The Blue Mountains is an incredible landscape made up of an extensive gorge system and ridge lines that extend as far as the eye can see. For runners, the area includes a huge amount of rolling hills on fire trail, steep bush track, and if you've tuned into any of the commentary surrounding Ultra-Trail Australia, stairs and lots of them. Today we are going to focus on the hill component of the race and how best to address this in training.
Why should I be doing hill reps?
You're going to be spending a lot of time running up and down hills on race day so it makes sense to familiarise yourself with that process on both a physiological and psychological level. But putting the obvious point aside, let's look as the benefits of hill reps and how they may look in your training.
1. As a general rule, running uphill elicits a greater cardiovascular response than other forms of running. That's simple enough to understand - your flat easy runs are usually less aerobically demanding than your hilly runs. It then makes sense to maximise this response in training to elicit the most desirable training adaptations.
2. Running uphill can reduce peak ground reaction force due to a reduction in speed.
This, combined with point number 1, presents a desirable training environment. Why wouldn't you make the most of something that maximises your oxygen consumption while at the same time reducing the structural stress normally associated with running harder on the flat ground?
3. Gravity plays a bigger role in uphill running which in turn elicits greater musculature adaptations. As grade increases, the force required to propel yourself forward (and up) also increases, placing a higher demand on specific muscles.
4. There's a good chance you're going to be spending more time going uphill than downhill on race day, so it makes sense to train for improved performance running uphill. That's not to say we can't target downhill running as well (more on this later), but we should consider which component of running elicits the greater cardiovascular response. Want to get fitter? Run uphill repetitions. Want to get stronger and increase your capacity to handle muscle breakdown? Run downhill repetitions.
What do hill reps look like in training?
Hill reps can range from very short (10 seconds) through to very long. The real question you should be asking yourself is what are you trying to achieve by including hills in your training?
Are you looking for neuromuscular adaptations? Try short hill sprints (4-6 x ~10 seconds) with lots of rest (2-3+ minutes) between reps.
Are you looking to stress V02 max? Try 3-5 minute hills with equal recovery. Sessions like 6 x 3 minute hills are a staple of many training groups around the world.
Are you looking to stress lactate threshold? Long hill reps are key! Try and find a long hill where you can run anywhere from 5-20 minutes with half recovery. You should be looking to accumulate anywhere from 20-60 minutes of time at lactate threshold in a single workout, depending on the principle of progressive overload and how trained your threshold is and/or how rested you are. The most trainable component of physiology for endurance runners is lactate threshold, so these sessions become a staple for many runners as they move closer to race day.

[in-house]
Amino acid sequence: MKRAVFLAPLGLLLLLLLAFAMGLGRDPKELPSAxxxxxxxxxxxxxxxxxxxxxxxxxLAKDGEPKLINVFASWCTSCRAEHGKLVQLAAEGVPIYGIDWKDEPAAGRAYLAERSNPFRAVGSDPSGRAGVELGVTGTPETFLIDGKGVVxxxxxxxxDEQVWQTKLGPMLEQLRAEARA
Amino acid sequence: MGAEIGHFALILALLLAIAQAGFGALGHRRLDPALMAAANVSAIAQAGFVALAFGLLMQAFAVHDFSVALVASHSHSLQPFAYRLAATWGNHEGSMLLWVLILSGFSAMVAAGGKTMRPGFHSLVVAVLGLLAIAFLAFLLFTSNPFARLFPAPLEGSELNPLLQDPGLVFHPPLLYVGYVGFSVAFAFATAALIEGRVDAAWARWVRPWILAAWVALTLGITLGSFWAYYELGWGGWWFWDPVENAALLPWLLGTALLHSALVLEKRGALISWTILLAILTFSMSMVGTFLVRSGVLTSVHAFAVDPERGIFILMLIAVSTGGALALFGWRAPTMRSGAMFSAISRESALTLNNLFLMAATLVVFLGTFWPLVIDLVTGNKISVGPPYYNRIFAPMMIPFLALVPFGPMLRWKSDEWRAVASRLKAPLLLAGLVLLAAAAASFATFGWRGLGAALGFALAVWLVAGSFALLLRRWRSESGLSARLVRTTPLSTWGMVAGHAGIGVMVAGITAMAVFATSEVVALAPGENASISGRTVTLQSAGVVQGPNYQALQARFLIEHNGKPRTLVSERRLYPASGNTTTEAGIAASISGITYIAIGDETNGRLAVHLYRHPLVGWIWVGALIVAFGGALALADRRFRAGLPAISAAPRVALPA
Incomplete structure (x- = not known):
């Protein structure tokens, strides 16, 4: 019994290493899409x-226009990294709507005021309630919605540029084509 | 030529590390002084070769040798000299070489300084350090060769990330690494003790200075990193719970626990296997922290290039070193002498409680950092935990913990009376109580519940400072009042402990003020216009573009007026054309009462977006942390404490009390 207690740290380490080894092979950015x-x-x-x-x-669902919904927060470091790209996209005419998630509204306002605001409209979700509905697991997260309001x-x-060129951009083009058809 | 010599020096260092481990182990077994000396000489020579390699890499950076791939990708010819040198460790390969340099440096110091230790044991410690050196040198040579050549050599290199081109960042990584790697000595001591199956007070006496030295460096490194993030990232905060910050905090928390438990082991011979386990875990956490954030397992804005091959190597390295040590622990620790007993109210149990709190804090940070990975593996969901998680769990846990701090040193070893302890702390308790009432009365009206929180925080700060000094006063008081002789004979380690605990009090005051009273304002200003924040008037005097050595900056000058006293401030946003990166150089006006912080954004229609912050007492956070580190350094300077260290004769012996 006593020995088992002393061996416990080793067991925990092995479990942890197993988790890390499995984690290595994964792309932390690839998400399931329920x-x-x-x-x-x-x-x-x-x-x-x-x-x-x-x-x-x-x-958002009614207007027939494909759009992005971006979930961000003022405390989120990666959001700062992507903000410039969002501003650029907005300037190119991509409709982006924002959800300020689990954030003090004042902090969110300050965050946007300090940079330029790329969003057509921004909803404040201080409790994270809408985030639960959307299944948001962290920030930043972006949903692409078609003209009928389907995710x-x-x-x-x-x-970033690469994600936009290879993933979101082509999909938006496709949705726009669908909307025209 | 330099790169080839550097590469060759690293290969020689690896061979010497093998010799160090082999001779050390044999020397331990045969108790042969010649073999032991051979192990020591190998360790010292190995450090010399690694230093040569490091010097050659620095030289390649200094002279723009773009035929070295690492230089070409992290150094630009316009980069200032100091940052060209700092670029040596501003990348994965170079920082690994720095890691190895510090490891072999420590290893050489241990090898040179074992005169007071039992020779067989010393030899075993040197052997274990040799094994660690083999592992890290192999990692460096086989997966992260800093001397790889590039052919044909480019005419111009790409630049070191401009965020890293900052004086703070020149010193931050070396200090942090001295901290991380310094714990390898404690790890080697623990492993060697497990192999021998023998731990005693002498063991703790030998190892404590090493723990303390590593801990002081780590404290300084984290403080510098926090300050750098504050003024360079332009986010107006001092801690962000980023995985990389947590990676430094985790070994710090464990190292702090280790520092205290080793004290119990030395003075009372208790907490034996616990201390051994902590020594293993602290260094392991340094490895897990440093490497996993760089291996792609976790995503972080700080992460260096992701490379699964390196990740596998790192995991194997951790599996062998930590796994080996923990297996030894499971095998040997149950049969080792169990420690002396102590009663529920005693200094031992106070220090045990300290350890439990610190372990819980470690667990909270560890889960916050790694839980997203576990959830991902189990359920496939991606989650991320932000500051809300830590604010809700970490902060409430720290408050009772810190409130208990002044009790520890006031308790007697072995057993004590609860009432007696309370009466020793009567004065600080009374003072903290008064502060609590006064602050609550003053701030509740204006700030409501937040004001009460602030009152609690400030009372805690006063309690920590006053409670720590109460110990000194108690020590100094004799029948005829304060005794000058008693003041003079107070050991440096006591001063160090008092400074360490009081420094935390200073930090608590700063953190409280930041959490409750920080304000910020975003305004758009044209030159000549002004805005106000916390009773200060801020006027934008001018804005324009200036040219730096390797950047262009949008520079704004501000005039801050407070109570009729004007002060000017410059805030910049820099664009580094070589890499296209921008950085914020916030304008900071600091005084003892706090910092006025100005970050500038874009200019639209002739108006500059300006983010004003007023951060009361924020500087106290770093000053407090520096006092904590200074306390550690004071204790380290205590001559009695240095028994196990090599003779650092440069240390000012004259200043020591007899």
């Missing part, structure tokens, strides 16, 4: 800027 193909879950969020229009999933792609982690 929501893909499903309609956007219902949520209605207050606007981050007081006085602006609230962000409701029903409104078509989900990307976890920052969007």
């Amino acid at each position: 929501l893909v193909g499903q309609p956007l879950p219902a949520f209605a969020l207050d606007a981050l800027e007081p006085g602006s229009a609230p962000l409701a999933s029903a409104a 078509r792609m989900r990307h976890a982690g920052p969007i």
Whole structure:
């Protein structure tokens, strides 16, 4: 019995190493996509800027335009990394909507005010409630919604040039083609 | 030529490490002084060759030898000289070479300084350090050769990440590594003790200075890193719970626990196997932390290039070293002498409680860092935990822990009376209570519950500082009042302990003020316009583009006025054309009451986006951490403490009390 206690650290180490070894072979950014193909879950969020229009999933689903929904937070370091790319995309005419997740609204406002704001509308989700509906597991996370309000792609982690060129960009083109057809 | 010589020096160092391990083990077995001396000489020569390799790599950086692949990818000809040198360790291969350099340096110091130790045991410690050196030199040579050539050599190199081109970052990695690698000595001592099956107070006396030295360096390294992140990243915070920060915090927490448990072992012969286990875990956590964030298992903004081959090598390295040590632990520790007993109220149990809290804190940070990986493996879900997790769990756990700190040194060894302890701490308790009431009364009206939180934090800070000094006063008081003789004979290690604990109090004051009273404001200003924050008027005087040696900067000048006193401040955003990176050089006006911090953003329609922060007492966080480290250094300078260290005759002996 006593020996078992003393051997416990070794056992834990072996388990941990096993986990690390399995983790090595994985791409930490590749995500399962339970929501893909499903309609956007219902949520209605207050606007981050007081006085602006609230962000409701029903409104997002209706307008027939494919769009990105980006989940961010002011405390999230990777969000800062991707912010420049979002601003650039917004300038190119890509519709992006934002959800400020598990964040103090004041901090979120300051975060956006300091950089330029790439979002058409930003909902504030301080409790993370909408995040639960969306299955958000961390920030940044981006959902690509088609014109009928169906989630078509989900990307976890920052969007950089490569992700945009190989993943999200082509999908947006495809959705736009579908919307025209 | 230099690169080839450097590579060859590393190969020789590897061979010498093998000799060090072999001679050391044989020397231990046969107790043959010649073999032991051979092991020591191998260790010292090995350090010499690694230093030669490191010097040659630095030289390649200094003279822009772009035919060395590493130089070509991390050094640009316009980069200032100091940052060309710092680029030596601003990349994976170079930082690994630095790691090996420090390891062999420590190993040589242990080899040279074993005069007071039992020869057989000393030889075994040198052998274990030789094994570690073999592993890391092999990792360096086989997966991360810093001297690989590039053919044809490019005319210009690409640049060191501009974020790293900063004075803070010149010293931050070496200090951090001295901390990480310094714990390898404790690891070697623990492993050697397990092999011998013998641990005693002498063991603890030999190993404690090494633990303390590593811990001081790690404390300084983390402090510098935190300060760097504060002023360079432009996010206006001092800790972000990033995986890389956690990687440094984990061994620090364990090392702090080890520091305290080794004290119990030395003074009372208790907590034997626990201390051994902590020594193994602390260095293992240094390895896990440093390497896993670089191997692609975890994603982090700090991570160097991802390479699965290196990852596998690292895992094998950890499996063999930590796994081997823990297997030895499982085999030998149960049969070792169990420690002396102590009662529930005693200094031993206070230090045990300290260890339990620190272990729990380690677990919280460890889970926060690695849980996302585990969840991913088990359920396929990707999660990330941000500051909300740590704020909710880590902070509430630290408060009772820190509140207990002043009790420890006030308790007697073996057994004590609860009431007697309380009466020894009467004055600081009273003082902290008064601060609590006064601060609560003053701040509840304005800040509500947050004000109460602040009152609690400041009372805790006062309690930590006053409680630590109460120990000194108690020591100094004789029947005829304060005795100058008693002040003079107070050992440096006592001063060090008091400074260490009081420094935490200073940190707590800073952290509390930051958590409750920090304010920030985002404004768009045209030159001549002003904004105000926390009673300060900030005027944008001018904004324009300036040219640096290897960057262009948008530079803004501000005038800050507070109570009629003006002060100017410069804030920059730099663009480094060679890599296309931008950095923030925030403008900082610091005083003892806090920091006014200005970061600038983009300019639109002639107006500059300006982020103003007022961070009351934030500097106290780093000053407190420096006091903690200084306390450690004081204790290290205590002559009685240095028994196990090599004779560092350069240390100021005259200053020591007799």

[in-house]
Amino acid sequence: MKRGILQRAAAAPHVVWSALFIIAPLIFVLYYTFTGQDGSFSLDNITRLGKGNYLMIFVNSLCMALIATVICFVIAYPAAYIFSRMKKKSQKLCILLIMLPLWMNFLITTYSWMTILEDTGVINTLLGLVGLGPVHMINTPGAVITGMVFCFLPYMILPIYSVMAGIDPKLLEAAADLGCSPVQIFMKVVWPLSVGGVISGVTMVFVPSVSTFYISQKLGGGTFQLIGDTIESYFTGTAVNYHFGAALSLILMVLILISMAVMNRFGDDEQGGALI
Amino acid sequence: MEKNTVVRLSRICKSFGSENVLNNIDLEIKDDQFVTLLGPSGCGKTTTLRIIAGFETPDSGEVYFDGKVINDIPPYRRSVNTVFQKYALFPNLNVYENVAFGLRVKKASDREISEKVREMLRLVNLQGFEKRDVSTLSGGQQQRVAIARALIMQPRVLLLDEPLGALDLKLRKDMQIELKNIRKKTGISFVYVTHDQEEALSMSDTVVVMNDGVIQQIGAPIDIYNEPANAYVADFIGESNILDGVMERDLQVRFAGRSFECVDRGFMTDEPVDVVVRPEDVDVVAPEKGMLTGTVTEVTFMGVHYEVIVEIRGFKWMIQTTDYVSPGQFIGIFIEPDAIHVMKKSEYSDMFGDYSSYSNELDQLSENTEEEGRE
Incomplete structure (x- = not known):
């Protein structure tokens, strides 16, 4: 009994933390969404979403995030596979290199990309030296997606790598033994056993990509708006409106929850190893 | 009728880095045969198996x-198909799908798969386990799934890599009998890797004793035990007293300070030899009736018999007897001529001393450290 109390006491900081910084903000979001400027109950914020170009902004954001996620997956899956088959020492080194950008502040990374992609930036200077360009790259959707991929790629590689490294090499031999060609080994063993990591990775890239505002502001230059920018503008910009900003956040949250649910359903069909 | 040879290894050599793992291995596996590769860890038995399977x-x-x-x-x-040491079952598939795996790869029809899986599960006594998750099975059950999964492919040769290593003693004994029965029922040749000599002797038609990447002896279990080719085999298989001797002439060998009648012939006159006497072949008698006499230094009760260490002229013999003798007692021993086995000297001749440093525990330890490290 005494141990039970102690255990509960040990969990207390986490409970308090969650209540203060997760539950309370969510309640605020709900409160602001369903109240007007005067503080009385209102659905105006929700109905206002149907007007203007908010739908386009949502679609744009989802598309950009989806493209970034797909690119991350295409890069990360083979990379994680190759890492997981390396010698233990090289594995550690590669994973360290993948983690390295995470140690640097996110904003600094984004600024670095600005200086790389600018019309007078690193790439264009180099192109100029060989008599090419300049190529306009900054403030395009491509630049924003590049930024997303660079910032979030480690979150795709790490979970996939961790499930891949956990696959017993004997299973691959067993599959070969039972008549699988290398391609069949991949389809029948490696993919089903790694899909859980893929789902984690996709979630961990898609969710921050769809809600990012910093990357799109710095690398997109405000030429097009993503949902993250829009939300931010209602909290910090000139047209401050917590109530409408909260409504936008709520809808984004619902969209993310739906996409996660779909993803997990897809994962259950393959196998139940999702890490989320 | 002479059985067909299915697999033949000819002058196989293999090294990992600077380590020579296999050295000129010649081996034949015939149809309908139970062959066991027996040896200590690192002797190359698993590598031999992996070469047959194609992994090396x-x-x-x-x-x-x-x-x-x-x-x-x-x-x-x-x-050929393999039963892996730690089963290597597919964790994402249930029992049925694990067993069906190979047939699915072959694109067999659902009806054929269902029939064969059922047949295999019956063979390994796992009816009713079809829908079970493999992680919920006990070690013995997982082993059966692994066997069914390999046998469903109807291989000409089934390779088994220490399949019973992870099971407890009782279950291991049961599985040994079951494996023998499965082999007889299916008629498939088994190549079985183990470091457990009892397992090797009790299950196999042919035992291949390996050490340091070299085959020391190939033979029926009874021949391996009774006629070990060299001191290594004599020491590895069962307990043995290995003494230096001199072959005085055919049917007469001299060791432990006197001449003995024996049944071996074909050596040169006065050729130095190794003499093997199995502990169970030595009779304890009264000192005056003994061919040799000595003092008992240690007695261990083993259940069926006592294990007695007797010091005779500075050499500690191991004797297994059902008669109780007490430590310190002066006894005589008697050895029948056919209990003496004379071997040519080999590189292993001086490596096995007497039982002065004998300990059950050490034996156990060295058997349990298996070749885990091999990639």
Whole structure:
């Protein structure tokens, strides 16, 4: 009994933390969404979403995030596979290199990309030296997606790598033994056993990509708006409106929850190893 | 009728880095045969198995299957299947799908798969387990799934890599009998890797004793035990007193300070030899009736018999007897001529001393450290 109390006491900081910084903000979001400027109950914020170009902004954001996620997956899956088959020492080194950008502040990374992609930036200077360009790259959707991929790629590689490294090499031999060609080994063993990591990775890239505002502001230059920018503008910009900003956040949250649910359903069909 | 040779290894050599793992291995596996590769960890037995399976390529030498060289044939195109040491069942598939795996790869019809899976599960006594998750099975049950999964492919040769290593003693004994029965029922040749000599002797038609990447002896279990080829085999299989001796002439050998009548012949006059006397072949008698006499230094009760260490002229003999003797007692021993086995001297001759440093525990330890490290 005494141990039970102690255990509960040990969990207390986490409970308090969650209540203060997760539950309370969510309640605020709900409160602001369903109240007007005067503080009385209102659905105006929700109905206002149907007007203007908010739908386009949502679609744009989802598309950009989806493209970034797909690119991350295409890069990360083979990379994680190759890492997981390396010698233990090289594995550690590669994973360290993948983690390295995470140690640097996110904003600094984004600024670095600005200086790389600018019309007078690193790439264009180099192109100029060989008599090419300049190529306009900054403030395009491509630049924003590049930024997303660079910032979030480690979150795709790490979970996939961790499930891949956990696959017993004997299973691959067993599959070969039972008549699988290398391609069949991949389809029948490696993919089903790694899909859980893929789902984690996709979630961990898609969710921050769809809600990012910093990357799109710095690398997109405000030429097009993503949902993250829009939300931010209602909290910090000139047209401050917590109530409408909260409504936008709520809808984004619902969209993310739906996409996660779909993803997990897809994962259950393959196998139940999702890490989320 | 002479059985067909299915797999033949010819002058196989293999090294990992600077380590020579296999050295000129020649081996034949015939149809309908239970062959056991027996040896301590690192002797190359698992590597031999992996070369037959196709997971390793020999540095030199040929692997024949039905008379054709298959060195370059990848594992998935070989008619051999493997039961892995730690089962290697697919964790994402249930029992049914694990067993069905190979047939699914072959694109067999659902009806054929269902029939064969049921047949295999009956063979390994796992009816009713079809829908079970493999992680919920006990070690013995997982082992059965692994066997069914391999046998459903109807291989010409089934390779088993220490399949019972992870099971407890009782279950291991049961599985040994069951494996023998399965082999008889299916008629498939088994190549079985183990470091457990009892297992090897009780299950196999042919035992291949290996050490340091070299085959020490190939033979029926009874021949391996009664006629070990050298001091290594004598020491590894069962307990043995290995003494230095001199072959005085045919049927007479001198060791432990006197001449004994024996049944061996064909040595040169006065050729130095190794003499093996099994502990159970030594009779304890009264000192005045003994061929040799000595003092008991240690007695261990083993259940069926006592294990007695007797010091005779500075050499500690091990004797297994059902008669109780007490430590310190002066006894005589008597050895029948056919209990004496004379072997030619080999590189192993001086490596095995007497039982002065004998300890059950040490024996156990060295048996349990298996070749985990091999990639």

Hill reps do's
Progress your sessions throughout your training block. A basic approach is to move from the least specific sessions through to most specific sessions. Progression can refer to volume and intensity as well as frequency.
If you're new to running, ensure you're at the capacity to include hills in your programming.
Warm up prior to your session with some flatter running and some short strides.
Ease into your session and allow yourself time to slot into the desired intensity.
Hill reps don'ts
Don't start with big sessions without earning the right to run at that intensity or volume.
Don't ruin the quality of your workout by blowing up in the first rep. Remember the goal of the session and the intensity you're looking to accumulate time at.
Don't lose your form. Simple enough.
Don't place all your emphasis on hills or do all your workouts on hills. It's important to remember the value of leg speed and when to prioritise sessions on flat terrain.
What about downhill reps?
Use these sparingly, or use an entirely different approach. There is research to suggest that the adaptations experienced from running downhill with force last a long time. It's also important to remember that running downhill doesn't elicit a huge cardiovascular response.
A different approach to running downhill and combatting the breakdown of muscle may be to run the descents harder and controlled during your long run a couple of times over the course of a training block (Eg: 8 weeks out and 4 weeks out). Descending well is a skill and the skill component of descending will always be a limiting factor for runners who struggle to descend.